The Audacity of Math

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Here's my favorite quote from the election so far. It comes from Geoff Garin, a strategist for the Clinton campaign. Last week, when discussing the nomination process, Garin told the Washington Post, "We don't think this is just going to be about some numerical metric."

This is odd, because I always thought elections were supposed to involve some sort of, um, numerical metric. The future of our country is, of course, more important than the invariable laws of mathematics, but don't we have to pay attention to the counting at some point? What's next? "We don't think this is going to be about a group of party members meeting in some sports arena." Or "Who does the electoral college think they are anyway?"

Now, before I get too critical of Hillary Clinton, I am sympathetic to her. In many ways, the only reason she is losing this race is because of a strange mathematical system developed by a bunch of Democrats in the 1980s, who had some time on their hands on the account of not having to govern. If the Democrats awarded delegates like the Republicans do -- usually on a winner-take-all basis -- Hillary Clinton would actually be winning this race. Bill Clinton was criticized for saying this -- probably because he was wagging his finger at the audience again -- but it's certainly a valid point.

If states awarded delegates on a winner-take-all basis, Clinton would be winning the delegate count 1,605 to 1,233, with only 361 delegates remaining. The Republican system has few superdelegates, so this means that with the Pennsylvania victory, she would have wrapped up the nomination. These past few weeks, we would all have been clamoring for Obama to get out of the race, not Clinton. Admittedly, those numbers don't include Michigan and Florida, where the Obama campaign would surely be demanding a do-over. All but for a few adjustments to the nomination formula, Clinton would be the one moving onto the National Championship in November.

But that's the Republican world, where people are more concerned with picking candidates in a timely fashion and winning elections than with being fair. Indeed, the Democrats have devised an innovative system for picking a candidate, or, as the case may be, not picking a candidate. Still, there is little to worry about. After all, if the superdelegates can't decide on a candidate, the little-known party warlocks will convene to pick a candidate. And even if the warlocks can't decide, a special tribunal consisting of Walter Mondale, Michael Dukakis, and John Kerry will come together and pick a candidate, so really the Democrats can't lose.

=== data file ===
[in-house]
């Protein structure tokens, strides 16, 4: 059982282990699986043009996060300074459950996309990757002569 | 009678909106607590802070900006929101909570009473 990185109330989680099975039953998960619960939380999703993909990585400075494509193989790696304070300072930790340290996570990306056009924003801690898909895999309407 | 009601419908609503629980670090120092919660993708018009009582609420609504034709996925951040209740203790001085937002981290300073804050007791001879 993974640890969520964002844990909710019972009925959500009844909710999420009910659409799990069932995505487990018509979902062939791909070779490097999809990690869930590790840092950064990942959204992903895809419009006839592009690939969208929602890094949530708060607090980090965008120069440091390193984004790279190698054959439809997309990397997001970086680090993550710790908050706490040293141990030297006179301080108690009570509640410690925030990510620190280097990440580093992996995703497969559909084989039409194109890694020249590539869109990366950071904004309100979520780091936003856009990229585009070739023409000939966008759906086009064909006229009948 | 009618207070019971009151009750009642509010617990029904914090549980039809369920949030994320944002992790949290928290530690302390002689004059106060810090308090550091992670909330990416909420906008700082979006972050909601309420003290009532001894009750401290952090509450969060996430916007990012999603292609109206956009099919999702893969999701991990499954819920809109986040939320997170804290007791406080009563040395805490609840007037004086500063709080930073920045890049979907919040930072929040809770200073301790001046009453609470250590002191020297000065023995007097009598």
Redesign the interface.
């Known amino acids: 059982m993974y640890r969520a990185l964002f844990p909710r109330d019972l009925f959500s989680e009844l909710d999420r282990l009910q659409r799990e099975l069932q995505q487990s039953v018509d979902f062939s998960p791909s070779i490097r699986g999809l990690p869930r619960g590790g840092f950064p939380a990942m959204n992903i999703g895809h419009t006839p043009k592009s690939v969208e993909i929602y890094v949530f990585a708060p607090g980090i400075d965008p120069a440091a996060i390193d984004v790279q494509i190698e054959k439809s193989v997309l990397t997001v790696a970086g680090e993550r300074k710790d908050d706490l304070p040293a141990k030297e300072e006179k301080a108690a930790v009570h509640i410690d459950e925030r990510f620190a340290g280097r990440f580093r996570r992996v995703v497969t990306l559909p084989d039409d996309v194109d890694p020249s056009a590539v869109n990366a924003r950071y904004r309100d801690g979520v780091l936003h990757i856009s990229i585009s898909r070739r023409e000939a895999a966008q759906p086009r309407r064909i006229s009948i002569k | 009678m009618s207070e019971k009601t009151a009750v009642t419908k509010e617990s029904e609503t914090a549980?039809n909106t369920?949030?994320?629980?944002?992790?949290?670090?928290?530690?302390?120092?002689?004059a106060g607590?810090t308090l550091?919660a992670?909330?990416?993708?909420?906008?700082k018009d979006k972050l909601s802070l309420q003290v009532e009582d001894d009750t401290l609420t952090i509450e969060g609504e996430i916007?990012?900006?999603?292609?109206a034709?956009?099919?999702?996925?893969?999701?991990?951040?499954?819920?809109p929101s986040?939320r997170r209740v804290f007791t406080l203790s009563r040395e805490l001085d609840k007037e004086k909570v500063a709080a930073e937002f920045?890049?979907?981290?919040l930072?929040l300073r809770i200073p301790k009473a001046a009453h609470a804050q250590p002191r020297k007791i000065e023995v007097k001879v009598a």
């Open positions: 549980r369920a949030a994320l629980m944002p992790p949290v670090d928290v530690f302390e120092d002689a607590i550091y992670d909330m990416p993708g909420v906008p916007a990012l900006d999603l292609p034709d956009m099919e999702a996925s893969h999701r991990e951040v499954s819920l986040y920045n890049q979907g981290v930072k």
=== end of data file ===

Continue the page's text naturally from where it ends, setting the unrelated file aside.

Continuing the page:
I was curious about the intricacies of the system, and so I went searching online for the rules from the Democratic National Committee. This was a mistake. Here's what I learned:

A base of 3,000 delegate votes is distributed among the 50 states and the District of Columbia according to a formula giving equal weight to the sum of the vote for the Democratic candidates in the three (3) most recent presidential elections and to population by electoral votes. The formula is expressed mathematically as follows.

A = ½ [(SDV 1996 + SDV 2000 + SDV 2004) / 
(TDV 1996 + TDV 2000 + TDV 2004) + SEV / 538])

A = Allocation Factor
SDV = State Democratic Vote
SEV = State Electoral Vote
TDV = Total Democratic Vote

Wow, if ever there was a moment in this election cycle when I would turn Republican, it was while reading that formula. Say what you will about John McCain, but he's never asked me to do math like that.

Despite all this, there is one way for the Democratic race to be over with now, and it's very simple. The networks just have to call it. Just think of what would happen if a television network were suddenly to project a winner one night.

"With 70% of delegates reporting, CNN is now ready to project that Senator Barack Obama has won the United States of America for the Democrats."

All they need are the fancy graphics, exciting music, and the voice of God, and I'm convinced this would be over. Sure, there's a small chance that Clinton could still win, but such doubt has never stopped them before. (See 2000, Florida.)

Obviously, that's not going to happen for one main reason: the campaign is good for ratings. But Clinton shouldn't get too comfortable. The moment the chattering classes decide they are ready to go on summer vacation, that will be it. In other words, once Clinton loses Anderson Cooper, she loses the country.

If the media ever decides that Clinton has lost and stops covering the race, then Obama will have won. If a phone is ringing at 3 a.m., and nobody is there to answer it, is the phone really ringing?

  • http://JoeLavin.com

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